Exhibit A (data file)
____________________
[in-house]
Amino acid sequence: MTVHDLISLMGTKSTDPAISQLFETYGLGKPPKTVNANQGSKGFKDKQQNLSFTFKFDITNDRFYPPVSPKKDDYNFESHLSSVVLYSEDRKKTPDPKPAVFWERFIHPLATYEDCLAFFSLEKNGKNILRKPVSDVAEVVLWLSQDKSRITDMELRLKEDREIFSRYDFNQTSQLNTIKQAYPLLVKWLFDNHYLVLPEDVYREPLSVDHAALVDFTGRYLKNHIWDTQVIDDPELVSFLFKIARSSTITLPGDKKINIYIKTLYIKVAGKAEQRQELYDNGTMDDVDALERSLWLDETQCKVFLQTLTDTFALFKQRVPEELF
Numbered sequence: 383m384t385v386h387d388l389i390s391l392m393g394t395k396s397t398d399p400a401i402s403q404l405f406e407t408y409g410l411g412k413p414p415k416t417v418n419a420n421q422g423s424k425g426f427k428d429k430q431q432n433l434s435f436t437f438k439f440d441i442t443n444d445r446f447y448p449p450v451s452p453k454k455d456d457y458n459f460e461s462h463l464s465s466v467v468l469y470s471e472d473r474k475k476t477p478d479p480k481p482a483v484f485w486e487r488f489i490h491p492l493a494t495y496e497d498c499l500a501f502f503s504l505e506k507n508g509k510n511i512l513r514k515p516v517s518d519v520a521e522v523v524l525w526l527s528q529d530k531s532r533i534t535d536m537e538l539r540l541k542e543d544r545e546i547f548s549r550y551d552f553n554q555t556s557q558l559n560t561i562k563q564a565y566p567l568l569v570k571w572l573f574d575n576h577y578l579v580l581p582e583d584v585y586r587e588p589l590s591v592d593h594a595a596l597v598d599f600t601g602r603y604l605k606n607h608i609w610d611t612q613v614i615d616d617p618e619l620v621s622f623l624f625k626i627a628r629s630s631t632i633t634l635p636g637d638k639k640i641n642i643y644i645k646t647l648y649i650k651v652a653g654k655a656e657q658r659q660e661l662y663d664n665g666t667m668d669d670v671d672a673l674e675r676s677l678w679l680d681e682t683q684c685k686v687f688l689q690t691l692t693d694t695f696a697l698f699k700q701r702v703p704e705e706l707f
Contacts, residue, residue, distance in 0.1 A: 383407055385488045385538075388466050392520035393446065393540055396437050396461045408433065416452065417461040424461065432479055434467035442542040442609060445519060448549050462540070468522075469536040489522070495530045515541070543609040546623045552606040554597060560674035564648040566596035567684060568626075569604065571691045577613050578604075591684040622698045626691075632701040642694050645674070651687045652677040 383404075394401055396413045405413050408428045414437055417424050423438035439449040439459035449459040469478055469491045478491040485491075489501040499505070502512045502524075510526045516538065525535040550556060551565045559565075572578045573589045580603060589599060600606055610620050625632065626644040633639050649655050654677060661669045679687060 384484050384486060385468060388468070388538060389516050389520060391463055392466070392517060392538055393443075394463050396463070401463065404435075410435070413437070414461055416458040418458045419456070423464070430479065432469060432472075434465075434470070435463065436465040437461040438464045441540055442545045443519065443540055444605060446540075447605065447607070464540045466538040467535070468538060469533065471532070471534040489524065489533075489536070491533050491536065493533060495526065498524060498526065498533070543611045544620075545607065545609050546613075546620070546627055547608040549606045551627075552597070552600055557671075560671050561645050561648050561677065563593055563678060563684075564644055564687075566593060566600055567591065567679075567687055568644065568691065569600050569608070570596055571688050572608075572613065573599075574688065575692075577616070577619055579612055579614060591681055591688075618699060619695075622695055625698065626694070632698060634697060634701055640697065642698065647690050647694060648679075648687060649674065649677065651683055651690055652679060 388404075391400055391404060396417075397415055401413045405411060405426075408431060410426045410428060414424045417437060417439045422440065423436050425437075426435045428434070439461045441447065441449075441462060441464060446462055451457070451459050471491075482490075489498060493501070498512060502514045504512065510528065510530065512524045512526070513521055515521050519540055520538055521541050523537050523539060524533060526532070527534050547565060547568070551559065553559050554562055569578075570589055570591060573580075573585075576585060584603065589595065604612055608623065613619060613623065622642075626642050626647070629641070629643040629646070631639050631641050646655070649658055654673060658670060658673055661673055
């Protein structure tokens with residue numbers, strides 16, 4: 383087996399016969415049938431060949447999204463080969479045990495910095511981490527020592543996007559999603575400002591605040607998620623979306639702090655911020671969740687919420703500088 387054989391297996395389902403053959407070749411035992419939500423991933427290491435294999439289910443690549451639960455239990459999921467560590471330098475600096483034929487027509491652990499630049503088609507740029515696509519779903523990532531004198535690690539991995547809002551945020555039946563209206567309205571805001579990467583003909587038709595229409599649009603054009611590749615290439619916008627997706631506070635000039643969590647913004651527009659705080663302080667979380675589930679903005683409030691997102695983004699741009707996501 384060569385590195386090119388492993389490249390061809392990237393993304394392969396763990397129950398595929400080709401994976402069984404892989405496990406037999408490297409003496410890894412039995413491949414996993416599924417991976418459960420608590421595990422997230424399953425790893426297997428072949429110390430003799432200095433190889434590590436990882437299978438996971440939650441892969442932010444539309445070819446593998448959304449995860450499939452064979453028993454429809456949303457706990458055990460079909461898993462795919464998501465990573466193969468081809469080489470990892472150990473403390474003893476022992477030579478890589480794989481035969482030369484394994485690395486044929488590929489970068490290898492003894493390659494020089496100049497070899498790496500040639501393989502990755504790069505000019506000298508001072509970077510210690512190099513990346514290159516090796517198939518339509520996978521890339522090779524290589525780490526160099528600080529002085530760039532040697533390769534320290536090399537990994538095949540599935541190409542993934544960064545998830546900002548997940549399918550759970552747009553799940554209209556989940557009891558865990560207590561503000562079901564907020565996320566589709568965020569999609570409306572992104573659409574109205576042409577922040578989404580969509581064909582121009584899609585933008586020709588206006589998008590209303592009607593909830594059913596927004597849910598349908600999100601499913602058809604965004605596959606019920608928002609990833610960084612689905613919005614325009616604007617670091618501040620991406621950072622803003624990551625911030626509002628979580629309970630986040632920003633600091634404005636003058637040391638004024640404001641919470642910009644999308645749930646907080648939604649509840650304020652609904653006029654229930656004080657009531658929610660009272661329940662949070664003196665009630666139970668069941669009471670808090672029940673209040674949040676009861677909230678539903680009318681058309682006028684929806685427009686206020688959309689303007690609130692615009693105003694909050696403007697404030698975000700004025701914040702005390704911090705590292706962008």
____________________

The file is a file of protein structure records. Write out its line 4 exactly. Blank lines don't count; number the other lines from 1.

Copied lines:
Contacts, residue, residue, distance in 0.1 A: 383407055385488045385538075388466050392520035393446065393540055396437050396461045408433065416452065417461040424461065432479055434467035442542040442609060445519060448549050462540070468522075469536040489522070495530045515541070543609040546623045552606040554597060560674035564648040566596035567684060568626075569604065571691045577613050578604075591684040622698045626691075632701040642694050645674070651687045652677040 383404075394401055396413045405413050408428045414437055417424050423438035439449040439459035449459040469478055469491045478491040485491075489501040499505070502512045502524075510526045516538065525535040550556060551565045559565075572578045573589045580603060589599060600606055610620050625632065626644040633639050649655050654677060661669045679687060 384484050384486060385468060388468070388538060389516050389520060391463055392466070392517060392538055393443075394463050396463070401463065404435075410435070413437070414461055416458040418458045419456070423464070430479065432469060432472075434465075434470070435463065436465040437461040438464045441540055442545045443519065443540055444605060446540075447605065447607070464540045466538040467535070468538060469533065471532070471534040489524065489533075489536070491533050491536065493533060495526065498524060498526065498533070543611045544620075545607065545609050546613075546620070546627055547608040549606045551627075552597070552600055557671075560671050561645050561648050561677065563593055563678060563684075564644055564687075566593060566600055567591065567679075567687055568644065568691065569600050569608070570596055571688050572608075572613065573599075574688065575692075577616070577619055579612055579614060591681055591688075618699060619695075622695055625698065626694070632698060634697060634701055640697065642698065647690050647694060648679075648687060649674065649677065651683055651690055652679060 388404075391400055391404060396417075397415055401413045405411060405426075408431060410426045410428060414424045417437060417439045422440065423436050425437075426435045428434070439461045441447065441449075441462060441464060446462055451457070451459050471491075482490075489498060493501070498512060502514045504512065510528065510530065512524045512526070513521055515521050519540055520538055521541050523537050523539060524533060526532070527534050547565060547568070551559065553559050554562055569578075570589055570591060573580075573585075576585060584603065589595065604612055608623065613619060613623065622642075626642050626647070629641070629643040629646070631639050631641050646655070649658055654673060658670060658673055661673055